So many mistakes. That agreement with Turkey is fiction. And the visa liberalisation doesn’t open the borders, on the contrary. Ukrainians still have to show documents at the border. In fact, Ukrainian border control has only strengthened under the visa liberalisation.
Propaganda under the guise of real news
The integration of Ukraine in the EU is an important theme of Russian disinformation. That shows that Russia itself sees this integration as a part of a geopolitical conflict.
Alina Mosendz: Were the Belarusian opposition ever to grow to Maidan-levels and were Russia to invade Belarus, then the EU would also speed up work towards a visa liberalisation and an association agreement for Belarus. This is a part of the hybrid war.
Which lessons have you learned from this? How does fake news work?
Alina Mosendz: Disinformation minimizes or twists news that is positive to the adversary, and maximizes or exaggerates negative news. So that Russians believe that Ukraine and the EU are failing.
For Russians, the Russian media fakes go crazy, with messages that Norwegians are gays and child molesters. A mix of homophobia and fake news. Or that Macron would be gay. Read between the lines: getting closer to Western-Europe will lead to “gay-decadence” in Ukraine, you should be happy that we don’t have that in Russia. For Westerners, they use more sophisticated half-truths. They bring their propaganda under the guise of real news. That is more dangerous, because it is more difficult to identify.
‘They bring propaganda under the guise of real news. That is more dangerous, because it is more difficult to identify.’
What do you notice in the Spanish media?
Alina Mosendz: That Russian press agencies know very well which messages resonate in Spain. For example: a Ukrainian football player, who played for a Spanish club, was wearing a t-shirt with the Ukrainian trident on it. Scandalous, a Nazi-sign! But it is just our national symbol on our passports.
Purpose: to make the Spanish people distrust Ukraine. Disinformation doesn’t need a lot to change an entire image. If you can show the Spanish people that Ukrainians are fascists, you touch on the sensitivities around Franco.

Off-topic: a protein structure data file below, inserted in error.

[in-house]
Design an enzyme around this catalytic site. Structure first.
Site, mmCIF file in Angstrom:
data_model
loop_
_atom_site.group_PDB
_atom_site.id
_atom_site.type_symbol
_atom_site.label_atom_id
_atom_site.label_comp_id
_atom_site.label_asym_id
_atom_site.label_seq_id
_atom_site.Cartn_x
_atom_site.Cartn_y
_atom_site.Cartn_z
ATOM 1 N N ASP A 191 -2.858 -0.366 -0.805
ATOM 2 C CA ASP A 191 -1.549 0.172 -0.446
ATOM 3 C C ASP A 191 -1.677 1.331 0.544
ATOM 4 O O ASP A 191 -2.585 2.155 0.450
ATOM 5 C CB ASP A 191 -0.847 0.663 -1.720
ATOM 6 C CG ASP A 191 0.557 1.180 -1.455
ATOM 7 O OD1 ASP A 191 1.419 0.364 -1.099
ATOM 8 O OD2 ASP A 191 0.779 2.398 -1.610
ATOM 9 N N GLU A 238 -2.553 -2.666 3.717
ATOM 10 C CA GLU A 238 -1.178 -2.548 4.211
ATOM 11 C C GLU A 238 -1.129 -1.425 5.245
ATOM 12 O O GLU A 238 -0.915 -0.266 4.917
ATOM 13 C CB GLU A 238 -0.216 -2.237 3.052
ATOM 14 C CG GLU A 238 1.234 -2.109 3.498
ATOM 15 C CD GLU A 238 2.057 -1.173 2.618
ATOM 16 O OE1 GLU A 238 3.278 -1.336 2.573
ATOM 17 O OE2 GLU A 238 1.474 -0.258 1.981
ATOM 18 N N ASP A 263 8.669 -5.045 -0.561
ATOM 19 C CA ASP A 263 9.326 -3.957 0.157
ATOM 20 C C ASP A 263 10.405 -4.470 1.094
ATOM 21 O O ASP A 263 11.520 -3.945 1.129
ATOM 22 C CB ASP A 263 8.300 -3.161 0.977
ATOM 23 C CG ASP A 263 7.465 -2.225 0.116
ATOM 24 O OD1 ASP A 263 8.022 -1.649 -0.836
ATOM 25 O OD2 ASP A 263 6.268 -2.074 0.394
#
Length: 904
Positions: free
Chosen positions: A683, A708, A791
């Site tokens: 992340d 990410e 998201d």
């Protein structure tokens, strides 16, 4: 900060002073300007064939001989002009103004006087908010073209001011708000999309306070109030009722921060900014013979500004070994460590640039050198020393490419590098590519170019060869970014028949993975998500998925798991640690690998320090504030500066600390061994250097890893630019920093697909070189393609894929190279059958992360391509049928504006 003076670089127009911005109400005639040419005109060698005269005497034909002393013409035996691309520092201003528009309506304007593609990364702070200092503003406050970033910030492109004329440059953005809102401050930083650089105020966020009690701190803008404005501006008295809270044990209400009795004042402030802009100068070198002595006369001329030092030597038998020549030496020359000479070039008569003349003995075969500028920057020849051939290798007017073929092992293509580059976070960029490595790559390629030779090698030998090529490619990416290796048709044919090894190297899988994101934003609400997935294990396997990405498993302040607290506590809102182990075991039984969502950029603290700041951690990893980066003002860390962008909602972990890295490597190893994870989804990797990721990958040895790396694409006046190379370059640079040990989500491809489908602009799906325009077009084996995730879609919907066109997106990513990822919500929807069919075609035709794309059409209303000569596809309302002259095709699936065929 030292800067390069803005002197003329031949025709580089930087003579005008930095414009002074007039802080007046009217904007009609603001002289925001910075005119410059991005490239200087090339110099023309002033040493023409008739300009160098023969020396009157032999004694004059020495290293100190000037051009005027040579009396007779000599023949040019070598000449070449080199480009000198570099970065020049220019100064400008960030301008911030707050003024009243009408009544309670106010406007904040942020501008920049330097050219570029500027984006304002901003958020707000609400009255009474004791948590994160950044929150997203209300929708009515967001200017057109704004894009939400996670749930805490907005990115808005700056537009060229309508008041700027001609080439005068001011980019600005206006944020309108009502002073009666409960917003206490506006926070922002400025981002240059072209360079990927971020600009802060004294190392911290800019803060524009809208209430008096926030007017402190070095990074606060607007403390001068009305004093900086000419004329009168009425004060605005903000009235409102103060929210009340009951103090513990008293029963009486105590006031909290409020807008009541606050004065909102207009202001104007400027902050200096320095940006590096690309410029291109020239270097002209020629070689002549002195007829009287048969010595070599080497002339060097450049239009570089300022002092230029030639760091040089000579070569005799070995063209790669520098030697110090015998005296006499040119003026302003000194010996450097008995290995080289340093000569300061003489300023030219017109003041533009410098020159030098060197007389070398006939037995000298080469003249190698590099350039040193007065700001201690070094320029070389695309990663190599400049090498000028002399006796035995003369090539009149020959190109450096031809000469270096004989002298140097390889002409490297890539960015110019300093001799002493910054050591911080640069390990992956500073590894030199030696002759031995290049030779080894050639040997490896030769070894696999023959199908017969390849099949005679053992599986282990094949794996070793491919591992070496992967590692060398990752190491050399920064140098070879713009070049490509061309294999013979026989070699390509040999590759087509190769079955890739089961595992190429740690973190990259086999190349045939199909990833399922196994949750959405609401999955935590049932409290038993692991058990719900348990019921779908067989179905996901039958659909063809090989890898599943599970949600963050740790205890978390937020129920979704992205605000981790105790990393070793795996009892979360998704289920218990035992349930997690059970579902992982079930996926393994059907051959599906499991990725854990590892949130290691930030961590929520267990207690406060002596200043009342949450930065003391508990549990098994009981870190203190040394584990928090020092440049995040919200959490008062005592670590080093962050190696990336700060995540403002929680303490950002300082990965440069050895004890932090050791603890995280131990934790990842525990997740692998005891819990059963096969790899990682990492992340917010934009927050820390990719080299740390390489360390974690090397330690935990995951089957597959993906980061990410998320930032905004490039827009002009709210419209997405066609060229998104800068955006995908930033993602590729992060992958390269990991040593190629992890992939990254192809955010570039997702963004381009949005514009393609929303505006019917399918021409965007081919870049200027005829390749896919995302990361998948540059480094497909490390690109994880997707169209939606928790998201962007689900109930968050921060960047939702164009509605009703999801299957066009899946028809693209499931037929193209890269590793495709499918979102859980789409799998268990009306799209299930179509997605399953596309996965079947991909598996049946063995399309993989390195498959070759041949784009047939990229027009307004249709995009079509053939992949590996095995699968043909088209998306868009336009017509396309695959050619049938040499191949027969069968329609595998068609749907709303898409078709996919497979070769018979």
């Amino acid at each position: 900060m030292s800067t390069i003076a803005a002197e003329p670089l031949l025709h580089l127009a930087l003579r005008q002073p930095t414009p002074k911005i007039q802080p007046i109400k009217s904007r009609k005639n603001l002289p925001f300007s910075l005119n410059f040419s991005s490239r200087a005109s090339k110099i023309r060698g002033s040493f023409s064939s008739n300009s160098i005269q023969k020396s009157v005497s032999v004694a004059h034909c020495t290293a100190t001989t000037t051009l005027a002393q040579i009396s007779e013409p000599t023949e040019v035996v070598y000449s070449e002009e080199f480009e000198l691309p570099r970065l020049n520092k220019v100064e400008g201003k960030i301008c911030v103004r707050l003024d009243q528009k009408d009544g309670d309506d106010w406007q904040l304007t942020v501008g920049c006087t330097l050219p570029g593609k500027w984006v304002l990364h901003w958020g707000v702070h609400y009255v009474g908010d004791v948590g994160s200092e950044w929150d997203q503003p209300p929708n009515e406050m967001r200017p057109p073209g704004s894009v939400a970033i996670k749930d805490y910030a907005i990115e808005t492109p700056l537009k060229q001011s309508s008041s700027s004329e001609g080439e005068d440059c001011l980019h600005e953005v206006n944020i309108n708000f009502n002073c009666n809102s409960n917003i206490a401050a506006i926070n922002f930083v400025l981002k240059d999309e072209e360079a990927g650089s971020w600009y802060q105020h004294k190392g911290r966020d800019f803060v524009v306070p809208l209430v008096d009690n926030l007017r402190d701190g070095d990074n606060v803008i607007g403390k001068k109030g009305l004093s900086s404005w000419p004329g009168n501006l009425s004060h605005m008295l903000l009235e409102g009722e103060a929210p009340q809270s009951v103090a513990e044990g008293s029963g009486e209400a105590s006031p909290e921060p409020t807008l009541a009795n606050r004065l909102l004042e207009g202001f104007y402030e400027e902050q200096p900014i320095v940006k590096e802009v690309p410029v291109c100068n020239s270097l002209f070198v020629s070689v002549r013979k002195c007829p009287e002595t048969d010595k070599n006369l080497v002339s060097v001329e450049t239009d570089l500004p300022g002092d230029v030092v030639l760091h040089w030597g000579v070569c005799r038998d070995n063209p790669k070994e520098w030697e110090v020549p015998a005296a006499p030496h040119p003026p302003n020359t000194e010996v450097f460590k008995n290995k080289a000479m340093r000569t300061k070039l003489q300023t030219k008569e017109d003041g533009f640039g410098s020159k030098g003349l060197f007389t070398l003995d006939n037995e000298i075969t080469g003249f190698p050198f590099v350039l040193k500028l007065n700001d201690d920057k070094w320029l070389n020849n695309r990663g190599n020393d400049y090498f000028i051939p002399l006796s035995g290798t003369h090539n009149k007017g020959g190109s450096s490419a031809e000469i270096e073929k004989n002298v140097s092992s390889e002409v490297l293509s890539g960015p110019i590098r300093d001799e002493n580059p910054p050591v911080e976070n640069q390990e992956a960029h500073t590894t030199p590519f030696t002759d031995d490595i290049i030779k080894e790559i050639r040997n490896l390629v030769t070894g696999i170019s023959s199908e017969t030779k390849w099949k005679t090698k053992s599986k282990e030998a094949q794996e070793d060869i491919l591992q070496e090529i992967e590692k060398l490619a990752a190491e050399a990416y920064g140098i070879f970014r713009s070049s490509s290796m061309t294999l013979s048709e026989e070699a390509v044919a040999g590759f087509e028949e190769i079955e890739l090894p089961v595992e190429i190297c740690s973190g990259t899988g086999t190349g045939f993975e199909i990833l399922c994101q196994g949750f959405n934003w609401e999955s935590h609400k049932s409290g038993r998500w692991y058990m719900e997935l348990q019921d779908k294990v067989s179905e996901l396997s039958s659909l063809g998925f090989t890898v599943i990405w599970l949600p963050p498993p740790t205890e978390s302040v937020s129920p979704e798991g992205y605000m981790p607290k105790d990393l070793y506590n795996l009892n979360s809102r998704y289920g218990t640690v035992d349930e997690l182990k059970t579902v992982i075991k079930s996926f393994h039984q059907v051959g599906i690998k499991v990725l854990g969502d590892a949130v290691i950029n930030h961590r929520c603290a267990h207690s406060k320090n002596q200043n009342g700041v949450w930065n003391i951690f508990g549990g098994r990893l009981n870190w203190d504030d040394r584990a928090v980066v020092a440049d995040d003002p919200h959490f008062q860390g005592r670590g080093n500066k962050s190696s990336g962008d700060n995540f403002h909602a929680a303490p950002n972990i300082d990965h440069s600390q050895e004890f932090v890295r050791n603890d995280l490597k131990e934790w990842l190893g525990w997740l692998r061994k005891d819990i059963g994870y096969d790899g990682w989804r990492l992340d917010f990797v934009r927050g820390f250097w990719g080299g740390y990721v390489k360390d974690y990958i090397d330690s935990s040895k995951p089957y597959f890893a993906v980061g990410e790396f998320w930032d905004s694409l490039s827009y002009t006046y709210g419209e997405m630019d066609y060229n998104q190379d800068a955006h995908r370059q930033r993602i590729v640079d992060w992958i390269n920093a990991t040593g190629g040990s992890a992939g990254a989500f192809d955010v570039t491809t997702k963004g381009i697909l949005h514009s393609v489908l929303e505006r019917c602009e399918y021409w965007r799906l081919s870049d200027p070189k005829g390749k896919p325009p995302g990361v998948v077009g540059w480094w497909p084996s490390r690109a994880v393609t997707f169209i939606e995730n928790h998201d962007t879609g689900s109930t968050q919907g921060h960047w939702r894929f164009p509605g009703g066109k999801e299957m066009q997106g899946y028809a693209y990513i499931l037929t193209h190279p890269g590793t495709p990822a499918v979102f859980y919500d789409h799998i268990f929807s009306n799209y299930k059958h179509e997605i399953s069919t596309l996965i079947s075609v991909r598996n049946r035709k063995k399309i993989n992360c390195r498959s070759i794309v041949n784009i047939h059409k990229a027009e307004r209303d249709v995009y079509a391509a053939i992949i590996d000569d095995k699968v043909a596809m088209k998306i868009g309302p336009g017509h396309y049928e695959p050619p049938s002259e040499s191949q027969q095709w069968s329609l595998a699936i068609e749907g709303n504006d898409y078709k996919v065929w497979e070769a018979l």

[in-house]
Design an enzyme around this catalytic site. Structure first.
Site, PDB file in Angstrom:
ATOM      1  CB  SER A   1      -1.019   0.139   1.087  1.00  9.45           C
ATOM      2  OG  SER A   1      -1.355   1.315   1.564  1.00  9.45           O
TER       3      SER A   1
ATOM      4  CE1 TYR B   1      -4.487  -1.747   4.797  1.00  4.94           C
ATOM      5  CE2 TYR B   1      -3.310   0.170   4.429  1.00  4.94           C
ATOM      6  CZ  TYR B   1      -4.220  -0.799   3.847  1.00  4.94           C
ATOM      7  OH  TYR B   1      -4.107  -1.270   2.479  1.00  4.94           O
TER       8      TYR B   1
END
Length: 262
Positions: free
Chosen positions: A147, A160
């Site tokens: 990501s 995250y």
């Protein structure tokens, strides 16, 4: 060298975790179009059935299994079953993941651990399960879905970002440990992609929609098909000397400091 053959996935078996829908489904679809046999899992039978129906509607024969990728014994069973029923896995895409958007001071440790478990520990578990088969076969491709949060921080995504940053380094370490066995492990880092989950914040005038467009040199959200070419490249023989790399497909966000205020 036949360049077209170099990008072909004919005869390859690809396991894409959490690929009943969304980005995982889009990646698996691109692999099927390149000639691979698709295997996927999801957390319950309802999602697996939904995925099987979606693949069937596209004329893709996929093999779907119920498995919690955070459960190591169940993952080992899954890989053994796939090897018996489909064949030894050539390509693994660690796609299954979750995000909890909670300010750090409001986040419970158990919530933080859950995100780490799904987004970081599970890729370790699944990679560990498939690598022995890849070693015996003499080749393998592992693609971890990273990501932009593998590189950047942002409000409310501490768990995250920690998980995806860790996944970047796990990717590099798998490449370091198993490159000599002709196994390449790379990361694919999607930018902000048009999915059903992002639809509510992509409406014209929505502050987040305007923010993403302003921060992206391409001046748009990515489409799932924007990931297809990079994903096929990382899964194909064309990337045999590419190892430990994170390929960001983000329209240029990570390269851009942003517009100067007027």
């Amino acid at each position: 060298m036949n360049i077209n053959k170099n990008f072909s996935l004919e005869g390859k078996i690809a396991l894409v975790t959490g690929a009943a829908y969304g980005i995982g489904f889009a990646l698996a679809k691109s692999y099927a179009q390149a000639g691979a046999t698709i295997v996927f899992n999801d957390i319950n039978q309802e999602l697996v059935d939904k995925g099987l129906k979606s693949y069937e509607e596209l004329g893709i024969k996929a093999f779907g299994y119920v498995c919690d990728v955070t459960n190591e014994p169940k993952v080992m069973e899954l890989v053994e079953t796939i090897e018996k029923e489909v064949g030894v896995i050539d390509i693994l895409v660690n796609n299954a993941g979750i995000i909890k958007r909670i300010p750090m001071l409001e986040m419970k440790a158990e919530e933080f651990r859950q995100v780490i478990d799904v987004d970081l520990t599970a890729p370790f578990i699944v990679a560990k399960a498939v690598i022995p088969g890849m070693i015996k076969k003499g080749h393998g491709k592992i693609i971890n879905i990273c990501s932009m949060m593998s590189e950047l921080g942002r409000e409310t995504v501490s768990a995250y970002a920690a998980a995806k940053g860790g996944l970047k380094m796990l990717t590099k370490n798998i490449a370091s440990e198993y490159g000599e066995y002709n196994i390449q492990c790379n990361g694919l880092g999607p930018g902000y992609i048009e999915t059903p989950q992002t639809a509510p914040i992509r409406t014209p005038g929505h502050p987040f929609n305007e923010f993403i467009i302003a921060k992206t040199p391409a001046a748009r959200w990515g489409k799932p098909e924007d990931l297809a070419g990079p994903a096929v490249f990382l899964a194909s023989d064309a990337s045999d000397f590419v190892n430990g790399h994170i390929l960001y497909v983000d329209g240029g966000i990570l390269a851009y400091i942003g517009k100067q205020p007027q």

Another example: Spain is having a problem with migration from Morocco. There is an economic crisis and poverty. So let’s suggest that Ukrainian migrants will come to Spain with the visa liberalisation, let’s play on the anger about “migrants getting more advantages than the Spanish people”. Then you can pit the Spanish poor against the migrants.
Do you mean that the Spanish media use news from Russian press agencies?
Alina Mosendz: Of course. In Spanish and Mexican media I found a lot of messages about so called ISIS training camps in Ukraine. For example in Diario Valencia, a big newspaper. Source: “CNN”. But it was a literal copy of a news message by the Spanish department of Sputnik. Without any evidence they presented it as a fact. The newspapers saw Sputnik as a normal press agency like AFP. Especially Venezuelan media often work with Russian press agencies.
Sources of the radical left often use RT and Sputnik, especially about Syria.
Alina Mosendz: In Syria a good government is fighting bad rebels. In Ukraine a bad government is fighting good rebels. Strange, isn’t it? Speaking of those good rebels in the East of Ukraine. European parliamentarians visited those “good rebels” in Donetsk. The Spanish communist newspaper Publico wrote that Ukraine had asked Italy to arrest and extradite them.
Wrong. European parliamentarian Eleonora Forenza of the Italian party Rifondazione Comunista had organised a trip to Donetsk. That is against Ukrainian law, but Ukraine didn’t ask the participants to be “extradited”. We checked on the official communication between both ministries of Foreign Affairs. Ukraine had asked the Italian embassy to “take measures”. Not a word on arrests or extradition. Russian media twisted it: bad Nazi-Ukrainians want to arrest good communists who bring humanitarian aid to the victims in Donetsk.
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When you are of service to journalists and the public debate in those countries, do you receive funding of those governments?
Alina Mosedz: We don’t receive a lot of financial support. I don’t lobby the Spanish government. I do expand my network of Spanish journalists. I know them, they know me. I inform them about mistakes, they appreciate that. We have a constructive relationship.
As an NGO we don’t have structural funding. I worked as a reporter at a news agency on presidential topics. In 2016 our Spanish department got funding for a year. So I could work fulltime for Stop Fake.
Margo Gontar: The British embassy in Kiev, the International Renaissance Foundation of George Soros, the Czech ministry of Foreign Affairs and the Sigrid Rausing Trust. They are funding us at the moment.
Now Ukraine is entering in the sphere of influence of another superpower. Is that better?
Margo Gontar: We don’t just want to be a toy of the West. It isn’t because Japan integrated into Western politics and economy that Japanese culture is gone. At this moment, because we can’t be with Russia, we have to be with the West. Psychologically it is difficult to be on our own right now. Ukrainians need to have an identity, to define themselves in this new Ukraine.
Alina Mosendz: The monument of the motherland doesn’t look at “mother Russia” anymore. To Europe? Maybe. See that look on her face? She is ready to fight. She holds the sword and the shield in the air. She protects us from Russia. The Ukrainian trident should replace the hammer and sickle on the shield.
Translation by Eileen Coolen